Fatigue is the feeling of being very tired or having no energy. It’s common in people recovering from a brain injury. It can also last a very long time.
Fatigue may be caused by the injury, or from the extra physical and mental effort needed to do tasks that once were done with little or no effort.
How long one can do something physically, attention, concentration, memory, and communication can all be affected when someone is tired.
You will find that he tires easily. He may sleep more and/or take naps during the day. He may have headaches or be irritable—these can all be caused by fatigue.
Too much activity or no longer being able to block out sights, sounds, or movements can also cause fatigue. He may feel embarrassed and say that he’s not tired. The trouble is that he may then push himself to the point where he’s over-tired, which could slow his recovery.
When a person with a brain injury goes home for the first time, it can be hard to know how much he can or should do. Often during this transition, he and his family may become discouraged how slow the recovery seems to be going, changes in responsibilities, or they may try to do or expect too much.
This is just one step in the recovery process. In time, his energy level likely will improve, and he’ll be able to do more activities and for longer.
To help someone with fatigue
Rest and sleep
- A regular day/night routine is important.
- Set a schedule for regular rest breaks or naps. Make sure the room is quiet and there are no distractions. This includes turning the TV or radio off as this is just more information for the brain to process.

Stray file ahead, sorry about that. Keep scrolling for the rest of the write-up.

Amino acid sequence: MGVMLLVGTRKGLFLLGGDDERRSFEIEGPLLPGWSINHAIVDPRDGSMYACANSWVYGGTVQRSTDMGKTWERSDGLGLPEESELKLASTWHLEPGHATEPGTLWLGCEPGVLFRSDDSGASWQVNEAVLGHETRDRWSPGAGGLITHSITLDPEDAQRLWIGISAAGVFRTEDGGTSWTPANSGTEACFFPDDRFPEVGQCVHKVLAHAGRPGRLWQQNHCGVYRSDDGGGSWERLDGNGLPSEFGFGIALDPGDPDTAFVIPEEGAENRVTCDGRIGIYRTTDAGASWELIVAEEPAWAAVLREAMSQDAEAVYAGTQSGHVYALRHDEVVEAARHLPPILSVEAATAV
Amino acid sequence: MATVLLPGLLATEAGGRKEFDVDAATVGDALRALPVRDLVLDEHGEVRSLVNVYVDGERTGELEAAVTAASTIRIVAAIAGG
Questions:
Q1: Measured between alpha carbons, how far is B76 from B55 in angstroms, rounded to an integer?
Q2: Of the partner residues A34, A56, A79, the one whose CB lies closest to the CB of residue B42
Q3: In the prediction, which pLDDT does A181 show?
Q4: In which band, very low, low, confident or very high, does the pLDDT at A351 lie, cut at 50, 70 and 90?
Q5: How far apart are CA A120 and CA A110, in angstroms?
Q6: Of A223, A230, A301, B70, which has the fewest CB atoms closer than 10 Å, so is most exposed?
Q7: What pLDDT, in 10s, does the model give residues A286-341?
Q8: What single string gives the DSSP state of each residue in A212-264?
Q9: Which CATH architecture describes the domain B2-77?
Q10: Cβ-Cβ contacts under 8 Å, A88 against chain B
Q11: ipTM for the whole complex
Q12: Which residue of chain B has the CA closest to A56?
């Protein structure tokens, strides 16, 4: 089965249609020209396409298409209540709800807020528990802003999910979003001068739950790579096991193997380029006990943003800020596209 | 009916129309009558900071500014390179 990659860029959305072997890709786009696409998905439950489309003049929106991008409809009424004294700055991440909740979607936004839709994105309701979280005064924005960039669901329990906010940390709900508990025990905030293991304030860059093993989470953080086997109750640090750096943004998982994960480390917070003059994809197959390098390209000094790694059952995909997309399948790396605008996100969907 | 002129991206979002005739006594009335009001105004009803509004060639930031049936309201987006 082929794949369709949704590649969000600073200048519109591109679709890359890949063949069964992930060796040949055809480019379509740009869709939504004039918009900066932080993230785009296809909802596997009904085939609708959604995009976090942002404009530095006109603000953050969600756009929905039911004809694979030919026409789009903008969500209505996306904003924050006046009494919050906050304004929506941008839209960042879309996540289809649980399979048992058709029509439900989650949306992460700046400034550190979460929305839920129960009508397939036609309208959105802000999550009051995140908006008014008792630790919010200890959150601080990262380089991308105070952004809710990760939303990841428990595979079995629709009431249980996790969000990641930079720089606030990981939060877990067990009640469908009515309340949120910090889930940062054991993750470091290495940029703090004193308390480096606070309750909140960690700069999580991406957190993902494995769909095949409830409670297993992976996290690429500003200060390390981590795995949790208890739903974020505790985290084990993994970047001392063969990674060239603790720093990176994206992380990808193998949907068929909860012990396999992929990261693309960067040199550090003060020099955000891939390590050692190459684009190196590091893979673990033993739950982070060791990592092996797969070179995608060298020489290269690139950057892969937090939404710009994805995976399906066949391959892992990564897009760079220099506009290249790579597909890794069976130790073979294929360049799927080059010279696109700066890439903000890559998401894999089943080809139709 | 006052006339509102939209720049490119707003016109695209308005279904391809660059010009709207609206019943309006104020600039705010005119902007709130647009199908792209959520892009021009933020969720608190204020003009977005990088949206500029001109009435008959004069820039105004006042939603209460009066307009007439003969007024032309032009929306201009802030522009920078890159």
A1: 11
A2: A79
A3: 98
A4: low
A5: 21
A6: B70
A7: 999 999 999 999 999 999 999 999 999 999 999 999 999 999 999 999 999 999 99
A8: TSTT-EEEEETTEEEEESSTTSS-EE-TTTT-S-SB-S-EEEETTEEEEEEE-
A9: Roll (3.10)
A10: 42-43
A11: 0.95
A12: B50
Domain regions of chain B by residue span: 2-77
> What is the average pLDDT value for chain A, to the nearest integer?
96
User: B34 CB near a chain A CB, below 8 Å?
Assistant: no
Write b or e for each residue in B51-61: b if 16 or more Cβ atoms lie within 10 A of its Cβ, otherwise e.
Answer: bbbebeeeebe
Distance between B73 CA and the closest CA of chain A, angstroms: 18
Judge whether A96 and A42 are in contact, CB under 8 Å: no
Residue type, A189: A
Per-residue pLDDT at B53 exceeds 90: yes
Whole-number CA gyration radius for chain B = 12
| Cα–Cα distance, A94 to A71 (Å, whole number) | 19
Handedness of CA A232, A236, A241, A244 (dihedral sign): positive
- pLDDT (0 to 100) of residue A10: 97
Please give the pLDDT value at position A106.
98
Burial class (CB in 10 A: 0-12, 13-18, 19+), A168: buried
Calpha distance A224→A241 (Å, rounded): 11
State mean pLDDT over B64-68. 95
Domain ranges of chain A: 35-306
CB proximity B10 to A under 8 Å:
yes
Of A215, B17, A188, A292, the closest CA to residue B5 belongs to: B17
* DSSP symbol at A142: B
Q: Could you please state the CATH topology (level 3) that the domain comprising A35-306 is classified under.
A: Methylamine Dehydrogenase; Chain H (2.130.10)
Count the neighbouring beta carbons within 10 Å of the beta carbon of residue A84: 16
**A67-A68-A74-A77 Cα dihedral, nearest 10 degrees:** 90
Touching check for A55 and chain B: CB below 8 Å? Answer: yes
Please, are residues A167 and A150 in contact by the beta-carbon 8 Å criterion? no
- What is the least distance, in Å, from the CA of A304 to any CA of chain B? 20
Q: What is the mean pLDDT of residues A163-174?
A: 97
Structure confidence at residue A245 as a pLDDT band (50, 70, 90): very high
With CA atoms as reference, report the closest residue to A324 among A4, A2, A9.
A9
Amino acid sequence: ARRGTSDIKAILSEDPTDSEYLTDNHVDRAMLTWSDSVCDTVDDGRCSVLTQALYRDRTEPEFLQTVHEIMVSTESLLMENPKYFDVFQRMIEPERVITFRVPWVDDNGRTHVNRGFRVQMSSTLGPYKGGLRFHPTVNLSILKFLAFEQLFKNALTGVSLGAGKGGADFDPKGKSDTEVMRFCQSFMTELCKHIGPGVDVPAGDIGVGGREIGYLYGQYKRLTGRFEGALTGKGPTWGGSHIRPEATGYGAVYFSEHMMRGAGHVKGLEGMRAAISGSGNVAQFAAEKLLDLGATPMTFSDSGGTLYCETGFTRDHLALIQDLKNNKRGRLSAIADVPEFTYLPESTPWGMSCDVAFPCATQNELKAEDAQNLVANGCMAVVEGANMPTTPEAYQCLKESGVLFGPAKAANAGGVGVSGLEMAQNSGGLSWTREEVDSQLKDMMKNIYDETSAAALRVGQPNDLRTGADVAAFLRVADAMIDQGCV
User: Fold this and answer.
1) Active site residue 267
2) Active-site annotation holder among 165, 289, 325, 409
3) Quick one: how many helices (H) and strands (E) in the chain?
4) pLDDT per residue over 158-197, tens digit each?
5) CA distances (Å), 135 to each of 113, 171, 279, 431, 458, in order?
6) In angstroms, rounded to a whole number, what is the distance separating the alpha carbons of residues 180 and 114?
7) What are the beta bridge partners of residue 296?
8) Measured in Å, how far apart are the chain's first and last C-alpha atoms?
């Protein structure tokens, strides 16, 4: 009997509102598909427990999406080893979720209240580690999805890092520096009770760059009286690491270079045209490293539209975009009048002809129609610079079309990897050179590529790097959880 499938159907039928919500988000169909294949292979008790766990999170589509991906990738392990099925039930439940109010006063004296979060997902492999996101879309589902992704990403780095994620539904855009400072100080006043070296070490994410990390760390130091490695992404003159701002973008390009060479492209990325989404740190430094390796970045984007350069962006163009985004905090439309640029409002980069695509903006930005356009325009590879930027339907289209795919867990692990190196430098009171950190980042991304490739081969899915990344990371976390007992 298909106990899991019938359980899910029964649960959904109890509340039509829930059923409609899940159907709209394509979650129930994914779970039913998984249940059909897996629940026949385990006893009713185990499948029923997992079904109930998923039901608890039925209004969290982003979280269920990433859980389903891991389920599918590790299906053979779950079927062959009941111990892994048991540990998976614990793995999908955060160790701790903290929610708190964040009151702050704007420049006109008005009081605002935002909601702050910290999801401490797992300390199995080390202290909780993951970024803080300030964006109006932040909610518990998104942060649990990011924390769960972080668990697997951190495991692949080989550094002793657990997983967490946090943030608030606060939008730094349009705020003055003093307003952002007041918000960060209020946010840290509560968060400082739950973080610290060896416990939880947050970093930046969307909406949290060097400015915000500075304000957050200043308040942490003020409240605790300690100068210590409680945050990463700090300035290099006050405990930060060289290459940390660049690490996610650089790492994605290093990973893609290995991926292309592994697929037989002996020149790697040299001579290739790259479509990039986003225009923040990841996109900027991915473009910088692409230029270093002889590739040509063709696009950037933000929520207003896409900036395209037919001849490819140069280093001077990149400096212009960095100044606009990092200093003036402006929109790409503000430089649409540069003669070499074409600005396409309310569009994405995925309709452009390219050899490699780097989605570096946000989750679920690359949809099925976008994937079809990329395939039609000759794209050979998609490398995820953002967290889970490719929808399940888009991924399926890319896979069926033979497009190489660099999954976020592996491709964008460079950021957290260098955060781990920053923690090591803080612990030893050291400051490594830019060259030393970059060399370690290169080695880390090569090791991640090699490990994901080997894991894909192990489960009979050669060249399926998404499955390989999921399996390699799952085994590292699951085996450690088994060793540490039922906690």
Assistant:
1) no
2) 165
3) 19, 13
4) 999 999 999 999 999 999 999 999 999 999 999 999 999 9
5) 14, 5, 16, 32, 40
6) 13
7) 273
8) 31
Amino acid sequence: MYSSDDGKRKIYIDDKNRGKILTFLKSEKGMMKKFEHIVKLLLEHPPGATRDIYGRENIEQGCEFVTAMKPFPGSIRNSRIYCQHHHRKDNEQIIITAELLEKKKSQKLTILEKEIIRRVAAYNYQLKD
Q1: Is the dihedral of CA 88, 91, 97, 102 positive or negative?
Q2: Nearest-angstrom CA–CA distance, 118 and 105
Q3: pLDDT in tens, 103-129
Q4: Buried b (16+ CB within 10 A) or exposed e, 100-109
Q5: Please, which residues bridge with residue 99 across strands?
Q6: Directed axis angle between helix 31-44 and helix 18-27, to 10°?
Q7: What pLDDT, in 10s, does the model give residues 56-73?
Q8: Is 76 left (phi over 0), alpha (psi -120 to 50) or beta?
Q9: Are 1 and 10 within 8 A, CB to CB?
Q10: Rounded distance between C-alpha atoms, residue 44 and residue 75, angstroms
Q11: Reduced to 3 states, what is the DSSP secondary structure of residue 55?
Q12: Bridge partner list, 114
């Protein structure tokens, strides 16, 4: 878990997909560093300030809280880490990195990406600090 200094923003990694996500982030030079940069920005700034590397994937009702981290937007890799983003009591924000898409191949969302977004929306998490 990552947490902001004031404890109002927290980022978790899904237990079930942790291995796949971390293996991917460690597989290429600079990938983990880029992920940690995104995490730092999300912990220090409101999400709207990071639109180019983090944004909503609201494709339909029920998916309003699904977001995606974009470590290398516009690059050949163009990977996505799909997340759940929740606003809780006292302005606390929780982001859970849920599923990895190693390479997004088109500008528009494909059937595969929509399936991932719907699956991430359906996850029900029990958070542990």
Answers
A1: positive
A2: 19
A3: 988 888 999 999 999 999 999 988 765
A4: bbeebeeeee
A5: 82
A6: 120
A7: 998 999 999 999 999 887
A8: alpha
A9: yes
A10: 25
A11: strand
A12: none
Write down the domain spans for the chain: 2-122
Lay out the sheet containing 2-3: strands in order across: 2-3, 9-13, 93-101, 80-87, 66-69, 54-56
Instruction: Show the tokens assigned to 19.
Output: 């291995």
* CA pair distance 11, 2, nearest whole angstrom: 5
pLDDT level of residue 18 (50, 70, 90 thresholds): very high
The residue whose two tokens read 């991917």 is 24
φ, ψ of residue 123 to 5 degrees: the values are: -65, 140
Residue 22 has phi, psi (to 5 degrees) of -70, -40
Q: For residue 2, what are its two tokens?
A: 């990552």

- Rest breaks or naps shouldn’t be longer than 1 hour. Try not to let him nap in the evening.
- Schedule a nap before visitors come or before going out.
- Start with tasks you know he can do without becoming too tired.
- Encourage breaks, even as often as every 5 minutes during tasks, before, or as soon as he shows signs that he’s tired.
- Watch for signs of fatigue, such as not paying as much attention or not concentrating as well, repeating tasks or comments, becoming irritable, or making more mistakes.
- Gradually increase how hard the task is, making sure he takes breaks as needed.
- Slowly make the breaks shorter and fewer as he is able to tolerate activities better.
Activities and visitors
- Important activities should be done when he’s feeling best, often in the morning. If an activity is planned for later in the day, he may need to rest first.
- Limit his with visitors or make sure he has a rest break during visits.
- Plan ahead for activities that you know will tire him, such as visitors, trips, or going out.
- Resume activities gradually, over weeks or even months. Ask your healthcare provider for ways to do this.
- Write things/appointments, etc. in a smart phone, calendar, or planner.
- If the healthcare team recommends, use assistive aids (for example, a cane or a wheeled walker).